Alert March 11, 2008

Student Lender Settles FTC Claims of Privacy Rules Violations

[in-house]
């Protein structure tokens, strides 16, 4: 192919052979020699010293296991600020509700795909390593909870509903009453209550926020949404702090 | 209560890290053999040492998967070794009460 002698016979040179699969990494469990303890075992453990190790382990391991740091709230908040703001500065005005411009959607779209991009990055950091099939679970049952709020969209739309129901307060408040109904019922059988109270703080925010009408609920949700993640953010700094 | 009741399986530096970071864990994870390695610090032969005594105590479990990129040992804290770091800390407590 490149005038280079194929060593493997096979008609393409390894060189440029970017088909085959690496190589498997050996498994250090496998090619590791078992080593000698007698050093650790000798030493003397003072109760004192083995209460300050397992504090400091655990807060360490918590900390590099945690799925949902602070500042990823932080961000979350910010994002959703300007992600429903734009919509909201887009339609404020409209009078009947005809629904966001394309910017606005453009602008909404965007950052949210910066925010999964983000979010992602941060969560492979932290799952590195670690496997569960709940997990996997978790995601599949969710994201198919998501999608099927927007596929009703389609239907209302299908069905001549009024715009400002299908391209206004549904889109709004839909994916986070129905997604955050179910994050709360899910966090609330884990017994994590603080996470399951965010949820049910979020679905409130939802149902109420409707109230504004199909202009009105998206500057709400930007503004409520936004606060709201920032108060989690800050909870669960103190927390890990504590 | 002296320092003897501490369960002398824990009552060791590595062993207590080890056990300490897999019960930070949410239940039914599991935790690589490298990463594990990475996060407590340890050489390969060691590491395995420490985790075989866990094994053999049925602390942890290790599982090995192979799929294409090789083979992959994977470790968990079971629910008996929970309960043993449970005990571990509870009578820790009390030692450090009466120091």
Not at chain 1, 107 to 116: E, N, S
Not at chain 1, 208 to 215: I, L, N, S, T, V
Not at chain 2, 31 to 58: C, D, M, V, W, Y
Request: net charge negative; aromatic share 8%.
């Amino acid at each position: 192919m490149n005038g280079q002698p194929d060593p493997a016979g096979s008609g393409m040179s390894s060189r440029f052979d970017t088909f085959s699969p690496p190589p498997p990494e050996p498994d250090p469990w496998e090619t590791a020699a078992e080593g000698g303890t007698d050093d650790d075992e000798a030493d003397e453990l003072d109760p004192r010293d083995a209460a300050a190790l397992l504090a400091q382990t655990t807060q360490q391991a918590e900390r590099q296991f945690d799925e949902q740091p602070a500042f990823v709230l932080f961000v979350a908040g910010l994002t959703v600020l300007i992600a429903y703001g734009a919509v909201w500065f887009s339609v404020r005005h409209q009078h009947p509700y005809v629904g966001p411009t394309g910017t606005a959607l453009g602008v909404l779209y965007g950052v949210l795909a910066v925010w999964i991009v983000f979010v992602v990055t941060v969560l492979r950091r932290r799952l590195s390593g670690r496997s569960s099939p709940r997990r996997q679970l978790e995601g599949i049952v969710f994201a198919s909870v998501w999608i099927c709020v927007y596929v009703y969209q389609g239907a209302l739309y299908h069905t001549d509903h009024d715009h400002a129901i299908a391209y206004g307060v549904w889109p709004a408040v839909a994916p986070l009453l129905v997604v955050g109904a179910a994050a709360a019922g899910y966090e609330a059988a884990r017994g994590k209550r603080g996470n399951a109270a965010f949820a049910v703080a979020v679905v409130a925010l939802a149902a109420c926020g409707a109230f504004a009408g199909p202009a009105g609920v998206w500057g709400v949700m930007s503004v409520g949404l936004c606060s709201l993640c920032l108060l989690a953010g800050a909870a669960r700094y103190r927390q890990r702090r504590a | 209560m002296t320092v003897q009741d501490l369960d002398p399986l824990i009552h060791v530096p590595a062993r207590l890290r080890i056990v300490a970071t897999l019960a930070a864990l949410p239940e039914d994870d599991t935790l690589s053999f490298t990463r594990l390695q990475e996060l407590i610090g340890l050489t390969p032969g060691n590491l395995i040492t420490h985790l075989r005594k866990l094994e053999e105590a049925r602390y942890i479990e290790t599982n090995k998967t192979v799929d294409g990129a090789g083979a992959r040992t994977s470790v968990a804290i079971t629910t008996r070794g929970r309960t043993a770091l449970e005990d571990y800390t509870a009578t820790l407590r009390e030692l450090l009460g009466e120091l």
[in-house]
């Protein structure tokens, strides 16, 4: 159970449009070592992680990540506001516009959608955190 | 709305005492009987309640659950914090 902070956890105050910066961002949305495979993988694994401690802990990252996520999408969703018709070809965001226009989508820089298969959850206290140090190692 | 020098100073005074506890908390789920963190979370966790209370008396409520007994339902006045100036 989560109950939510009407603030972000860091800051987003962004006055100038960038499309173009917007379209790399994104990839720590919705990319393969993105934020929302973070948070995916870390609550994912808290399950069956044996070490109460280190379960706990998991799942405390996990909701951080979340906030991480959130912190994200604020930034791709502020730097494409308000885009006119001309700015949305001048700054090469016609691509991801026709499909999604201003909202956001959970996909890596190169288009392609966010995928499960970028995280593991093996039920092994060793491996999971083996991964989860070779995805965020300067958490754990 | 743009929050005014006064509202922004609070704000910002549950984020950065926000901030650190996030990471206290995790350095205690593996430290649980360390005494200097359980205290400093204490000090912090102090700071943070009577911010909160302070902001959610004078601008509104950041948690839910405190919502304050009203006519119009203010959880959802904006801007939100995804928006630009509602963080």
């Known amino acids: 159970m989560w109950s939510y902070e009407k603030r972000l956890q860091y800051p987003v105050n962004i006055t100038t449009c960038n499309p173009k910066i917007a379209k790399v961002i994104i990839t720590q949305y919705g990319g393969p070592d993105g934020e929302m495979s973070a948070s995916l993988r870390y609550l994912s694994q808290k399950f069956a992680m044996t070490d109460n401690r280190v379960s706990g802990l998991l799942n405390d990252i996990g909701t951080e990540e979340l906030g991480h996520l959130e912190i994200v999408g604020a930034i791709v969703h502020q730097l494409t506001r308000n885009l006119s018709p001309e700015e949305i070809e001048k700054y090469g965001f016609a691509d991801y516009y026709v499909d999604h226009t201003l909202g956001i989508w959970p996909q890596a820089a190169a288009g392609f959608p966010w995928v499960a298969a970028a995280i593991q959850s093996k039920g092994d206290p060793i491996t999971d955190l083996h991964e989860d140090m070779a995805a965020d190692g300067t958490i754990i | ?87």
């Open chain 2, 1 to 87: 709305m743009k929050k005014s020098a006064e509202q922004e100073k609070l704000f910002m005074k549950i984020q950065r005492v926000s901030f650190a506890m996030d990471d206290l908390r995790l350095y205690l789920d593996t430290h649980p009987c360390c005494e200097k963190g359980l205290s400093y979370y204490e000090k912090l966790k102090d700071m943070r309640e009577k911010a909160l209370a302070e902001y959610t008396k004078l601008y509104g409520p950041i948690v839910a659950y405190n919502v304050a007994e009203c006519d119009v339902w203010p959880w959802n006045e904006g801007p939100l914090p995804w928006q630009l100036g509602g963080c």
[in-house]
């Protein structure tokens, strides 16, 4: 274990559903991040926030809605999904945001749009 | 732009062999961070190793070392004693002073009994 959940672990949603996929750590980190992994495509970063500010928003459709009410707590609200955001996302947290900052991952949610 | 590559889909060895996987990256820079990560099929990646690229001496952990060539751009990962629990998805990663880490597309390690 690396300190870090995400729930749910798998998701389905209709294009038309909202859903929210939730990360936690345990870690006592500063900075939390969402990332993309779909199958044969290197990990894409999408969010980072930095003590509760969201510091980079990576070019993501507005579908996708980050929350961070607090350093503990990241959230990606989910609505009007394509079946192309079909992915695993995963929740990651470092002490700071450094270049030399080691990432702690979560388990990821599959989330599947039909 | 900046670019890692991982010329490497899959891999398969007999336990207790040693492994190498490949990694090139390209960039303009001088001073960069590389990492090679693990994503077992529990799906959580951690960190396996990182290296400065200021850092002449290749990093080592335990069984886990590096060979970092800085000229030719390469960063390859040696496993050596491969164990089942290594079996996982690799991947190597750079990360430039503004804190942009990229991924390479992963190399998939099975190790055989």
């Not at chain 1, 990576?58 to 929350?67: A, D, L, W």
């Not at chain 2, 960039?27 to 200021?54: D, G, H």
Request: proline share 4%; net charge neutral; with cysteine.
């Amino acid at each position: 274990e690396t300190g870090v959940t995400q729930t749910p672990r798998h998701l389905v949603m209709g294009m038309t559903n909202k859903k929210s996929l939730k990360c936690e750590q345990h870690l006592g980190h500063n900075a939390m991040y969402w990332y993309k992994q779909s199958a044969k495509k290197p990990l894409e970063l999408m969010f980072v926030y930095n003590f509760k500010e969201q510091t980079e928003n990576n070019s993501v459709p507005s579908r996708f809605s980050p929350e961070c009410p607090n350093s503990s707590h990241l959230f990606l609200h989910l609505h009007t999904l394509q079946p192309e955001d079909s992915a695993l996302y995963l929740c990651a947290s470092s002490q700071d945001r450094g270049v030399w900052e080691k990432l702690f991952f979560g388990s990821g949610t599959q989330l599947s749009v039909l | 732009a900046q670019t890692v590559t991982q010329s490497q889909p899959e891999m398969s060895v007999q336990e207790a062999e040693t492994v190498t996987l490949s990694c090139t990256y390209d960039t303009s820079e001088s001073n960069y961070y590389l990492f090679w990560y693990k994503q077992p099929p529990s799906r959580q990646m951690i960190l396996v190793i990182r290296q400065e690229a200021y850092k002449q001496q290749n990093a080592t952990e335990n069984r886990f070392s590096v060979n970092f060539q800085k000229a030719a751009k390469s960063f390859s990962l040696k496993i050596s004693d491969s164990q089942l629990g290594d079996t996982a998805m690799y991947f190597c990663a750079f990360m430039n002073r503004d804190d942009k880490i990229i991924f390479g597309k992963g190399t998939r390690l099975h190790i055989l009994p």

A student loan company agreed to settle claims brought by the FTC for allegedly failing to provide “reasonable and appropriate security” for consumers’ personal information in violation of the FTC’s safeguards and privacy rules. According to the FTC’s complaint, the lender transferred more than 7,000 files with consumer information to third parties without authorization, sold to the public surplus hard drives that contained information about 34,000 consumers, and had a privacy policy that contained false and misleading statements as to the “reasonable and appropriate” measures it had in place to protect consumers’ personal information. The FTC’s proposed consent order requires the lender to establish and maintain an information security program that includes administrative, technical, and physical safeguards, and bars the lender from future data security misrepresentations to consumers. In addition, the lender must undergo audits performed by independent third-party security professionals on a biennial basis for the next 10 years in order to ensure that its security program meets the standards set forth in the settlement agreement. The agreement is available for public comment until April 3, after which time the FTC will decide whether to make the it final. Click here for the FTC’s press release and here for a copy of the agreement.